Archive for Buddy Guy

Tuesday Blues Throwdown

Posted in Uncategorized with tags , , , , , , , on April 14, 2009 by 30daysout


Is there a good day to get the blues?  Probably not.  Is there a good day to listen to the blues?  Yes, definitely.  Today looks like the day.

MP3: “I Just Keep Loving Her” by Little Walter

MP3: “Southbound Train” by Muddy Waters

MP3: “Knockin’ At Your Door” by Elmore James

MP3: “You Don’t Treat Me Right” by Clarence “Gatemouth” Brown

MP3: “The Sky Is Crying” by Stevie Ray Vaughan & Double Trouble

MP3: “The Leading Brand” by Earl Hooker

MP3: “This Is The End” by Buddy Guy

MP3: “My Head’s In Mississippi” by ZZ Top

MP3: “You Can’t Judge A Book By Its Cover” by the Fabulous Thunderbirds

MP3: “Stroke My Yoke” by Willie Tomlin

MP3: “Let Your Daddy Ride” by John Lee Hooker

MP3: “San Francisco Breakdown” by Doctor Ross

Review: “Skin Deep,” Buddy Guy

Posted in Review with tags , , , on July 15, 2008 by 30daysout






Buddy Guy is a national treasure – at age 72, he has played the blues for four and a half decades and shows no signs of slowing down.    Buddy has influenced Eric Clapton, Stevie Ray Vaughan and Jimi Hendrix.  He is the living, breathing inheritor of the Chicago urban blues tradition handed down directly from Muddy Waters (with whom Buddy played) and Howlin’ Wolf.  

He has made at least 60 albums and Skin Deep, his latest, shows off Guy’s screaming guitar and vocal prowess as well as any of his other efforts.  Sure, the guest stars pop up as they do all too often these days – Clapton plays and sings on “Every Time I Sing The Blues” and “Too Many Tears” features the husband-wife team of Susan Tedeschi and Derek Trucks (Allman Brothers Band).  “Who’s Gonna Fill Those Shoes” mourns and name-checks the lost real blues men, and Buddy Guy’s wailing guitar leads suggests that he may very well be the last of the old-school guys.  That may be true and all the more reason to pick up Skin Deep.  It’s good work by a true master.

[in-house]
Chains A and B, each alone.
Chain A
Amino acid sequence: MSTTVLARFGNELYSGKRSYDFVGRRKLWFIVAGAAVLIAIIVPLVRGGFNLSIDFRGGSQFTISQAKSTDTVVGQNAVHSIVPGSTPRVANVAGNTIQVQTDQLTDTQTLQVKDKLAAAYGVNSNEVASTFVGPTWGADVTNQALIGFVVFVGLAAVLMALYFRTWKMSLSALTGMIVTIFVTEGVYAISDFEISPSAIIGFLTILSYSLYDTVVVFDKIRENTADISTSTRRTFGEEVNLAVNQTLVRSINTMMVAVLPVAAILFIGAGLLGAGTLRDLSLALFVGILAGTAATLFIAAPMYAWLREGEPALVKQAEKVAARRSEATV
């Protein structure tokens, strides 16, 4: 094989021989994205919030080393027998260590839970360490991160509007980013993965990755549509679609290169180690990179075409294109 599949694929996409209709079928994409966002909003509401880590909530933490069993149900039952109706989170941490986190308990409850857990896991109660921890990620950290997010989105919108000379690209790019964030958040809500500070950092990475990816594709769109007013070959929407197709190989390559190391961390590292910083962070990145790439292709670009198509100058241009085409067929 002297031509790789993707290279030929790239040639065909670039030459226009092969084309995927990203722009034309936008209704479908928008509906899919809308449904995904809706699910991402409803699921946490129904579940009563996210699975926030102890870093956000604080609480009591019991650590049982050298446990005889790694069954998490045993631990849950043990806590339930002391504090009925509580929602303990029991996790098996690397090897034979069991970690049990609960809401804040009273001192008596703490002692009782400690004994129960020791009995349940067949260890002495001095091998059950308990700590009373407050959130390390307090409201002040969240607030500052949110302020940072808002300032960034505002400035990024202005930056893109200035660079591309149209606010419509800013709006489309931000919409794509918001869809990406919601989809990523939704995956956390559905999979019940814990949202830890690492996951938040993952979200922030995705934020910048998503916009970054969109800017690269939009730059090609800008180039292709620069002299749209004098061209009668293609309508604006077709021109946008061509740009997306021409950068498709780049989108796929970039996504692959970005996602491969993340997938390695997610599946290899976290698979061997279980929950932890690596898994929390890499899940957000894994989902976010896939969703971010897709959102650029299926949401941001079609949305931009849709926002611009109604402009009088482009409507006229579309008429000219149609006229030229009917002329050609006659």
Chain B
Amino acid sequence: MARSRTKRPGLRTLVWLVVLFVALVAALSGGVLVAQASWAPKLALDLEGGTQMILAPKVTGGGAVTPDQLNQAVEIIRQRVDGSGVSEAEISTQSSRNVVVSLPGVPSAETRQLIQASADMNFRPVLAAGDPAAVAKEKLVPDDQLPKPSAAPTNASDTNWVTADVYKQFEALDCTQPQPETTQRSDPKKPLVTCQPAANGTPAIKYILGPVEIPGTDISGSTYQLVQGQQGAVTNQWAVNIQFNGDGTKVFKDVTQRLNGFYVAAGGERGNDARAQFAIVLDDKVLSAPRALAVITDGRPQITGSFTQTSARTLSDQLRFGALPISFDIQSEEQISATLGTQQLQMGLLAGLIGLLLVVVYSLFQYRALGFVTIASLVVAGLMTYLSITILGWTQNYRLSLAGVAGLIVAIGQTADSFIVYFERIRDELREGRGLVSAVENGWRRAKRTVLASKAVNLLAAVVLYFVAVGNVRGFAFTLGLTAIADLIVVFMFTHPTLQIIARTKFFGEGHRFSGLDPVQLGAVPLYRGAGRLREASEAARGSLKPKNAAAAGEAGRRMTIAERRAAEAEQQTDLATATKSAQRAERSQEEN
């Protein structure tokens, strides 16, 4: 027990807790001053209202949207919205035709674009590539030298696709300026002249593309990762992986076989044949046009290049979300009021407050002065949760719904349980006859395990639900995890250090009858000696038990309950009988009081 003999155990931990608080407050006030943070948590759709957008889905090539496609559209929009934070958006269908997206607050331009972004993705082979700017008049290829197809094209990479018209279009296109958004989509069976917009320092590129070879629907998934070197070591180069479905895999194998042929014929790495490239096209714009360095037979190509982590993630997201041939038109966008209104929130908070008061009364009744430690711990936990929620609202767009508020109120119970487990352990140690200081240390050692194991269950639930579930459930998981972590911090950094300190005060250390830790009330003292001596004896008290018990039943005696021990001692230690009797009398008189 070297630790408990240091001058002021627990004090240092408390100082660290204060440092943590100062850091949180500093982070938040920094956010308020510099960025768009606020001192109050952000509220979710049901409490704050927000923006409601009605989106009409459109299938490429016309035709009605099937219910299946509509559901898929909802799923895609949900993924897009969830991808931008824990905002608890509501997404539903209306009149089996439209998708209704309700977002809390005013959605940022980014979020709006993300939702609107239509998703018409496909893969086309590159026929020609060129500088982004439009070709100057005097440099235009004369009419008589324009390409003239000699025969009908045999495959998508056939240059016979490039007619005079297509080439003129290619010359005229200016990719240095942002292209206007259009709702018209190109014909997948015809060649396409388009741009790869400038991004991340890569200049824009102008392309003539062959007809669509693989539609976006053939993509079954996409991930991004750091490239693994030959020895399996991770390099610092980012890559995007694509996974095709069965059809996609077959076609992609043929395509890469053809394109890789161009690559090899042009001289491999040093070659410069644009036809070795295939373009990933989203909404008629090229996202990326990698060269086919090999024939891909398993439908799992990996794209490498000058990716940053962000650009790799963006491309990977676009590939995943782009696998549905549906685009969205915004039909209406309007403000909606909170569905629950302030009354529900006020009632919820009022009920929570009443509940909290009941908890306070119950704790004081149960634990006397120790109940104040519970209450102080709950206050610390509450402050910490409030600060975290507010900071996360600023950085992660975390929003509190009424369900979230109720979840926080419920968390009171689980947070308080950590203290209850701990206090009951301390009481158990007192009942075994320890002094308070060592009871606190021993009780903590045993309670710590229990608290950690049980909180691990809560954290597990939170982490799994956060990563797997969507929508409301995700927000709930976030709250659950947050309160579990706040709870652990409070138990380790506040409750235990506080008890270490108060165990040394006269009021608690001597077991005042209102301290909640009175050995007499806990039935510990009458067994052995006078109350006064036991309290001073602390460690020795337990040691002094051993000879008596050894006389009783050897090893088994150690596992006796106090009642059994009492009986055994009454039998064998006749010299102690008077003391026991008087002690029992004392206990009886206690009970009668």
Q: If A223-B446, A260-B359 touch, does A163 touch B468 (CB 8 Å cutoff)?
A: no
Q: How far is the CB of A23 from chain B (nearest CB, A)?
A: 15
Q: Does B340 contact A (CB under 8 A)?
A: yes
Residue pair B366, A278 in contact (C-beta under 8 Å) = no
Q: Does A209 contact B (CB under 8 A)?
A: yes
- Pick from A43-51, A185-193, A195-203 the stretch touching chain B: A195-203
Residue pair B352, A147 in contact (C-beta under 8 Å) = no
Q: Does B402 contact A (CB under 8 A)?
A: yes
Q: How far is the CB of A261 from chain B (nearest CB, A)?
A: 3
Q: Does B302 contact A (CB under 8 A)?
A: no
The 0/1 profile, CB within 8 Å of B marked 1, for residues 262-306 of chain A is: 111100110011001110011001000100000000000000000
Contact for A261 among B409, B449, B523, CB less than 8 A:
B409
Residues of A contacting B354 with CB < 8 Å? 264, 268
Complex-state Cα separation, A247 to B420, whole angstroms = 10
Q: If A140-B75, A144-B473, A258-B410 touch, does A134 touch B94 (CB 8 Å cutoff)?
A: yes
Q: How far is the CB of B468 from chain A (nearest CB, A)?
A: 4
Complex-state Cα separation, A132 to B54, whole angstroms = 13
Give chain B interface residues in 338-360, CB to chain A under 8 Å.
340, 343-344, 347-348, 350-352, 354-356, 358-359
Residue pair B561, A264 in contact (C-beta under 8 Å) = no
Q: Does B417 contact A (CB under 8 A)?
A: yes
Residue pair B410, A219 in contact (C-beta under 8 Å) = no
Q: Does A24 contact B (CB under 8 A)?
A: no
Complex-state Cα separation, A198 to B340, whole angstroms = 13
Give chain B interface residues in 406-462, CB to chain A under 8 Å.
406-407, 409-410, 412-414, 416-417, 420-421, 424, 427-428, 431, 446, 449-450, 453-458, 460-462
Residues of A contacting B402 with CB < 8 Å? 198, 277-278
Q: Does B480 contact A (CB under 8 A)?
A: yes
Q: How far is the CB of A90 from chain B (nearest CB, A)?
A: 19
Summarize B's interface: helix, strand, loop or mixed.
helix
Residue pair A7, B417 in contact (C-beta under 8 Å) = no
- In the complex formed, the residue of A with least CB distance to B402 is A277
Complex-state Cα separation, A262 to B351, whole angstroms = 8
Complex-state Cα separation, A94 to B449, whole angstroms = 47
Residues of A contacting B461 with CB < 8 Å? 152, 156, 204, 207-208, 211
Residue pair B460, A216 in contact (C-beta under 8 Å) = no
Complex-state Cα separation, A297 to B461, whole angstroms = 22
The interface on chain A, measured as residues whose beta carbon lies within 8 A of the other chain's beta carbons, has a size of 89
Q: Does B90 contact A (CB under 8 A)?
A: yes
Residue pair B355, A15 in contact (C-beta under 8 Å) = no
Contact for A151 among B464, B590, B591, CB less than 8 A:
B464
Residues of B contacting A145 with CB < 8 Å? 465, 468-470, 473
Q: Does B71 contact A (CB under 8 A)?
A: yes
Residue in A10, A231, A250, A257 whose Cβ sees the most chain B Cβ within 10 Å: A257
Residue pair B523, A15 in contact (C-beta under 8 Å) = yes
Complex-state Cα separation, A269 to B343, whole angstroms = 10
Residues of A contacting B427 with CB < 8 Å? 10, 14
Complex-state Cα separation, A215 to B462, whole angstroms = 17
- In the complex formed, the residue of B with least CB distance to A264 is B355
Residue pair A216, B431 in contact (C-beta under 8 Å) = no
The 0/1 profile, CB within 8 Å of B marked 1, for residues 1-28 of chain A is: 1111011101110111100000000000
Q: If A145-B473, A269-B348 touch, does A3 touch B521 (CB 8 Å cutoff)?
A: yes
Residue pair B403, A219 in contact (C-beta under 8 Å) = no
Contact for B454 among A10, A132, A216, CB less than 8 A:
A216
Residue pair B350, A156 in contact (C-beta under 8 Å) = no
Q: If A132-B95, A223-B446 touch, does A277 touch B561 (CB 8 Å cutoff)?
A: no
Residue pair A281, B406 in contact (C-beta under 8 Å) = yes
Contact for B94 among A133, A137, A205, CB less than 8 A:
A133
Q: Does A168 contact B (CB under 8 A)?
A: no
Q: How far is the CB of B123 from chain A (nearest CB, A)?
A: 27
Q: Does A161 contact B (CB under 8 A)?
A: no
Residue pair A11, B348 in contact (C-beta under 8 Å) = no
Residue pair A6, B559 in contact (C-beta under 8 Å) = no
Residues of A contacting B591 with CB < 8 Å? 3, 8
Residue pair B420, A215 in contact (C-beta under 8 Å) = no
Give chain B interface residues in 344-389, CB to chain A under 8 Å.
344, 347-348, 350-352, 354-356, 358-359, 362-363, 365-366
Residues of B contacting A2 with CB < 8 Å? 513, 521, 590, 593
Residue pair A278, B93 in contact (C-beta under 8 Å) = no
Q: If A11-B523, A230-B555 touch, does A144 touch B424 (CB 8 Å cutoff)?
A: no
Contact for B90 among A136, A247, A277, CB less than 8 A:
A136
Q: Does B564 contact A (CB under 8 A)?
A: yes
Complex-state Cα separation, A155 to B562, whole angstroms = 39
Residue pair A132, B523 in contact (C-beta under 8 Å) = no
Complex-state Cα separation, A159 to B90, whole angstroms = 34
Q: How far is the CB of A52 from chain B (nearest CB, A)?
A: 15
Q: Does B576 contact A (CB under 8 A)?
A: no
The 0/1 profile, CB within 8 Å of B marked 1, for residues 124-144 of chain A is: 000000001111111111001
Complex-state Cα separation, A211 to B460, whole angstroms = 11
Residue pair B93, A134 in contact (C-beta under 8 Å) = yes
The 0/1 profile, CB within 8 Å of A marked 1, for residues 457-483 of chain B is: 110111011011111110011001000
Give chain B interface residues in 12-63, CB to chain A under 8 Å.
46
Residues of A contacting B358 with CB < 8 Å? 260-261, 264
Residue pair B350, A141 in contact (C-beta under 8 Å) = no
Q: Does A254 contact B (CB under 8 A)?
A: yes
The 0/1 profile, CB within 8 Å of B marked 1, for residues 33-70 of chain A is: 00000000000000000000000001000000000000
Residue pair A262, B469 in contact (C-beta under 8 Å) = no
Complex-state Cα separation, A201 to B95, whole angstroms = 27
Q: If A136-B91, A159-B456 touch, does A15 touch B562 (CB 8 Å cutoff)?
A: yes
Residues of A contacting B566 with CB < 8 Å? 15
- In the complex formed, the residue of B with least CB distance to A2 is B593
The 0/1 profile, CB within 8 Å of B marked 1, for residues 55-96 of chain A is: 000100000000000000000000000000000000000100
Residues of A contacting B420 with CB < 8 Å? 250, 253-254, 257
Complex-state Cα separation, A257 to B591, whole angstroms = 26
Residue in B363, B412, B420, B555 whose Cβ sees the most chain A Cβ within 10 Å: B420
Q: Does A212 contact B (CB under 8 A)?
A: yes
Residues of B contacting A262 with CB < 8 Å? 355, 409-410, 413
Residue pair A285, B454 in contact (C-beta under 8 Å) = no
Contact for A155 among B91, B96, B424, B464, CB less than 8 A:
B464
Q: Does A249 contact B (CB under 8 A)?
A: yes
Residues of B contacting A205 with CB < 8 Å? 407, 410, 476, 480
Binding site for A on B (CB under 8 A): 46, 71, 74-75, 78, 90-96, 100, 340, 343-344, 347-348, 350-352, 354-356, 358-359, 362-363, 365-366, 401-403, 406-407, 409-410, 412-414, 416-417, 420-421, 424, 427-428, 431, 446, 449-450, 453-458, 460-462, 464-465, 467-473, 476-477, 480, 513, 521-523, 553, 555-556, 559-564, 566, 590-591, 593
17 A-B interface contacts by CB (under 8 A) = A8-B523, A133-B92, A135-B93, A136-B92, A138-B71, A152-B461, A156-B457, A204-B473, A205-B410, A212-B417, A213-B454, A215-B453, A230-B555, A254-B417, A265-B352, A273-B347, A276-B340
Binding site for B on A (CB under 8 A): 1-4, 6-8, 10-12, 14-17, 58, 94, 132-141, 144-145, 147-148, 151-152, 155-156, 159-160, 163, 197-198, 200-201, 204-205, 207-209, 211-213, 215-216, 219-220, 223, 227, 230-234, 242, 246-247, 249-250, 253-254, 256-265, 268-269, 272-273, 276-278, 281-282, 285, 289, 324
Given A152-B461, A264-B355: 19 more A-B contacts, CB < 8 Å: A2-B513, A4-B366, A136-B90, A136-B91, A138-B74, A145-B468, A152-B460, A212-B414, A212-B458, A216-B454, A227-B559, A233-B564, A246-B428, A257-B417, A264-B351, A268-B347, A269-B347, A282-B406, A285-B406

MP3: “Who’s Gonna Fill Those Shoes”

Buddy Guy official website

Remembering The Blues

Posted in Uncategorized with tags , , , , , , , on April 27, 2008 by 30daysout

America’s great national music is the blues.  Without the blues, there would be no rock and roll, and no hip-hop.  The first generation of the blues masters (Robert Johnson) is pretty much the exclusive territory of college professors and fawning Brits, and latter-day giants like Muddy Waters and Howlin’ Wolf have virtually disappeared into the catalogs of countless rockers from the 1960s and 1970s.  It’s tough to hear the blues on the radio, too, unless you venture over to the far left side of the FM dial (think NPR). 

No question: the blues is definitely an endangered art form, although not totally extinct.  Modern artists like Marcia Ball and Jimmie Vaughan keep the faith in Texas, and up in Chicago luminaries like Lonnie Brooks (with his sons) and John Primer are fighting the good fight.  You have Elmore James Jr., son of the great guitarist, and David “Honeyboy” Edwards too.  Buddy Guy, Eric Clapton and sometimes John Mayer put the blues on a national stage. 

So let’s celebrate our great national resource with some classic blues artists.  Pay attention, because later this week we will take a look at new albums by some current blues artists and see how they connect to the past.

MP3: I Just Wanna Make Love To You by Muddy Waters

MP3: Knockin’ At Your Door by Elmore James

MP3: Ball And Chain by Etta James

MP3: Hoodoo Man by Junior Wells

MP3: Watergate Blues by Howlin’ Wolf

MP3: Nine Below Zero by Sonny Boy Williamson